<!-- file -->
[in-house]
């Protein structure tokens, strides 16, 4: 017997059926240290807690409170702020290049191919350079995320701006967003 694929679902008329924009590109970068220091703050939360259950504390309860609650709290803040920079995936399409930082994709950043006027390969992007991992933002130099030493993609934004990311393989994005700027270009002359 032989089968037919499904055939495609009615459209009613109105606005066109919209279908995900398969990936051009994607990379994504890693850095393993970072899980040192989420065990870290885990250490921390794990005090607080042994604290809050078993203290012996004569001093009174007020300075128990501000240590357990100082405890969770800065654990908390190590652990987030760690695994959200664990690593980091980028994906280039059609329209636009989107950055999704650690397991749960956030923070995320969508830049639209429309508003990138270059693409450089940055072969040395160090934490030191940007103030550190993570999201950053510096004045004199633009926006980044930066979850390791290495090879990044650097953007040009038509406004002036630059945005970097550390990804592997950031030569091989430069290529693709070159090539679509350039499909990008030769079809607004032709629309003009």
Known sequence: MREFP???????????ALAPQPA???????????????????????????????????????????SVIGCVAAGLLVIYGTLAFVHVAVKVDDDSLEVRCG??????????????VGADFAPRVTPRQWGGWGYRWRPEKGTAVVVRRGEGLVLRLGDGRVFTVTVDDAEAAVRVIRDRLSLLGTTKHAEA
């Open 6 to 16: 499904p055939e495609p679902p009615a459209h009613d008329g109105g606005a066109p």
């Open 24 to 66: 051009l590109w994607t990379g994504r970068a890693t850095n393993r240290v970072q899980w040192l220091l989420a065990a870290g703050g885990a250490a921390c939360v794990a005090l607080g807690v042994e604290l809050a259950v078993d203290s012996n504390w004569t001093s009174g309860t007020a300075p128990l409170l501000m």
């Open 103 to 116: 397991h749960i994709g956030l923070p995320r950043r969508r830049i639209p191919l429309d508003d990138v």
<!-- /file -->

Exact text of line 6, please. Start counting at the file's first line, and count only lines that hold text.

């Open 103 to 116: 397991h749960i994709g956030l923070p995320r950043r969508r830049i639209p191919l429309d508003d990138v």